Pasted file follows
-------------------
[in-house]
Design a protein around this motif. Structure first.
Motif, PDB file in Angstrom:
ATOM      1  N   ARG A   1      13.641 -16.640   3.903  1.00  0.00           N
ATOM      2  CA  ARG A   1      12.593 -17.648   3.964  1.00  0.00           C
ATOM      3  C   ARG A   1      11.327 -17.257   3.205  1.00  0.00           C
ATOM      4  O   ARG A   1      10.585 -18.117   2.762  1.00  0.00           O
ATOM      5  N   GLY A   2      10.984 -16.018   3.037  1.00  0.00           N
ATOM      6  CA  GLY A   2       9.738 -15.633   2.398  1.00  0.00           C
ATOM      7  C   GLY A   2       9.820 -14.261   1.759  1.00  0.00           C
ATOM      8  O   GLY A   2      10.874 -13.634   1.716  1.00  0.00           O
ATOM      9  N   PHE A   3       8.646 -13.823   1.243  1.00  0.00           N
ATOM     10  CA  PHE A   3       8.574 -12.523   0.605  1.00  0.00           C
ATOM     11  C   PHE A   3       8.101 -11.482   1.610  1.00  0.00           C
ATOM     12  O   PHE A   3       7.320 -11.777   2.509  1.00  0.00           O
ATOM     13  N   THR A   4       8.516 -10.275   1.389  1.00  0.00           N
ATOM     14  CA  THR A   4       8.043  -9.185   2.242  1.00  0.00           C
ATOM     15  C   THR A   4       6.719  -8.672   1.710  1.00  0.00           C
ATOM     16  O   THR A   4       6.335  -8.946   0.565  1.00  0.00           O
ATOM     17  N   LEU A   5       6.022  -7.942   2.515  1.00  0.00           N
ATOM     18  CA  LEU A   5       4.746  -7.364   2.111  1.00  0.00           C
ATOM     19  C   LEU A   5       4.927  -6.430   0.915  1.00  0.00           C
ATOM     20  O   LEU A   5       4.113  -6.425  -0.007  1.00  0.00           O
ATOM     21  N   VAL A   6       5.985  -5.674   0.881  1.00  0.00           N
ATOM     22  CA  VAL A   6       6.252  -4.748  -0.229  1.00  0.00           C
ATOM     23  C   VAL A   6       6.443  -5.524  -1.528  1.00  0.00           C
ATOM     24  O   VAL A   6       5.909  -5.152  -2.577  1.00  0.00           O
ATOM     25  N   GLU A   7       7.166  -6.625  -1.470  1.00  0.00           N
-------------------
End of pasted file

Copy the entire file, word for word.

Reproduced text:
[in-house]
Design a protein around this motif. Structure first.
Motif, PDB file in Angstrom:
ATOM      1  N   ARG A   1      13.641 -16.640   3.903  1.00  0.00           N
ATOM      2  CA  ARG A   1      12.593 -17.648   3.964  1.00  0.00           C
ATOM      3  C   ARG A   1      11.327 -17.257   3.205  1.00  0.00           C
ATOM      4  O   ARG A   1      10.585 -18.117   2.762  1.00  0.00           O
ATOM      5  N   GLY A   2      10.984 -16.018   3.037  1.00  0.00           N
ATOM      6  CA  GLY A   2       9.738 -15.633   2.398  1.00  0.00           C
ATOM      7  C   GLY A   2       9.820 -14.261   1.759  1.00  0.00           C
ATOM      8  O   GLY A   2      10.874 -13.634   1.716  1.00  0.00           O
ATOM      9  N   PHE A   3       8.646 -13.823   1.243  1.00  0.00           N
ATOM     10  CA  PHE A   3       8.574 -12.523   0.605  1.00  0.00           C
ATOM     11  C   PHE A   3       8.101 -11.482   1.610  1.00  0.00           C
ATOM     12  O   PHE A   3       7.320 -11.777   2.509  1.00  0.00           O
ATOM     13  N   THR A   4       8.516 -10.275   1.389  1.00  0.00           N
ATOM     14  CA  THR A   4       8.043  -9.185   2.242  1.00  0.00           C
ATOM     15  C   THR A   4       6.719  -8.672   1.710  1.00  0.00           C
ATOM     16  O   THR A   4       6.335  -8.946   0.565  1.00  0.00           O
ATOM     17  N   LEU A   5       6.022  -7.942   2.515  1.00  0.00           N
ATOM     18  CA  LEU A   5       4.746  -7.364   2.111  1.00  0.00           C
ATOM     19  C   LEU A   5       4.927  -6.430   0.915  1.00  0.00           C
ATOM     20  O   LEU A   5       4.113  -6.425  -0.007  1.00  0.00           O
ATOM     21  N   VAL A   6       5.985  -5.674   0.881  1.00  0.00           N
ATOM     22  CA  VAL A   6       6.252  -4.748  -0.229  1.00  0.00           C
ATOM     23  C   VAL A   6       6.443  -5.524  -1.528  1.00  0.00           C
ATOM     24  O   VAL A   6       5.909  -5.152  -2.577  1.00  0.00           O
ATOM     25  N   GLU A   7       7.166  -6.625  -1.470  1.00  0.00           N